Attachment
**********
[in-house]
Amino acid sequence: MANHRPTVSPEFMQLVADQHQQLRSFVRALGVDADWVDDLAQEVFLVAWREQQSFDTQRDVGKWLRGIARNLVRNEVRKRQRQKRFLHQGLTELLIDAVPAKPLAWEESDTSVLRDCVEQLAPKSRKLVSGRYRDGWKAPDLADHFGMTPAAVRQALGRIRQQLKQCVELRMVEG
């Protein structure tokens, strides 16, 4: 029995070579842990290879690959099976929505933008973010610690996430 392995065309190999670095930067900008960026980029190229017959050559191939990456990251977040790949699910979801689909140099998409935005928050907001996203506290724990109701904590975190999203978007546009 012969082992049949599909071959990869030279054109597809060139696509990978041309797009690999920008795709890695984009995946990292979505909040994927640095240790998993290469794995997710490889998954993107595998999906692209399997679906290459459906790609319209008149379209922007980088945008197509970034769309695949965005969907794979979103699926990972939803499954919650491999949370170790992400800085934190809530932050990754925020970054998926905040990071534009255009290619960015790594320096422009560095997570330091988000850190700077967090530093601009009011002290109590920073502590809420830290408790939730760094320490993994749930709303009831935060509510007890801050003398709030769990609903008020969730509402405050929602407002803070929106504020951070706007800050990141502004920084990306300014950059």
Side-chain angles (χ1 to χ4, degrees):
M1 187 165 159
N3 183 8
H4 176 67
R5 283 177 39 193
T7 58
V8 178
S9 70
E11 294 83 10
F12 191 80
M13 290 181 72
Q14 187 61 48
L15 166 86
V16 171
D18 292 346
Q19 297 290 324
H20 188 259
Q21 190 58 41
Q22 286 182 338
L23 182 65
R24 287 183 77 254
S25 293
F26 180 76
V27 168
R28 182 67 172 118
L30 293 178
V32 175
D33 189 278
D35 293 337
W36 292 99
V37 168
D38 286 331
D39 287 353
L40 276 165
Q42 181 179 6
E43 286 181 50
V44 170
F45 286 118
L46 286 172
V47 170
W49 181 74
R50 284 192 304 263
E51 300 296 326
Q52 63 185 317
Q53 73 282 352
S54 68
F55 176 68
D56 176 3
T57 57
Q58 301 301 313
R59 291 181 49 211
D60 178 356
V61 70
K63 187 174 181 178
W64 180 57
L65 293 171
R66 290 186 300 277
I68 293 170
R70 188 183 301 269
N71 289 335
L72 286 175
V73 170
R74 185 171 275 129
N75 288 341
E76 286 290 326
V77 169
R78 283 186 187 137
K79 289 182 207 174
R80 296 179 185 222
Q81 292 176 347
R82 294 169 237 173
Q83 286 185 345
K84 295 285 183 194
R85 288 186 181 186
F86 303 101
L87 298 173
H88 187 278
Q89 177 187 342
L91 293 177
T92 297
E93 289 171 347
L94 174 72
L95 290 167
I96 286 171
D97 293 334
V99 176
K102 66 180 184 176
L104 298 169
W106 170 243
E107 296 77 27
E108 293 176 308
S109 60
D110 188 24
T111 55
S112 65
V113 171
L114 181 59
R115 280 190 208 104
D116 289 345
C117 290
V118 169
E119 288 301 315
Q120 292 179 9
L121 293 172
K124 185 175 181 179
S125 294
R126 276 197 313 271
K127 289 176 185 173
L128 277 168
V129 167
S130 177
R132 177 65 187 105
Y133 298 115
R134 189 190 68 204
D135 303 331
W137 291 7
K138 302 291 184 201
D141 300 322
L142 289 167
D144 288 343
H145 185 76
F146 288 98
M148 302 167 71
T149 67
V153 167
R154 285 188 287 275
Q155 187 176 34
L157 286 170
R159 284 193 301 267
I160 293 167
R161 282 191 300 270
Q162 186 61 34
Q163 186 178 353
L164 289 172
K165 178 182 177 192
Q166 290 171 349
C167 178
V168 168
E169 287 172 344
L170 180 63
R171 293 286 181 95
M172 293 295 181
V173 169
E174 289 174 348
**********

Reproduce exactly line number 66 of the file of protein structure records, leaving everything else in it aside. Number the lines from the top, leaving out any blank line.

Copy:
R74 185 171 275 129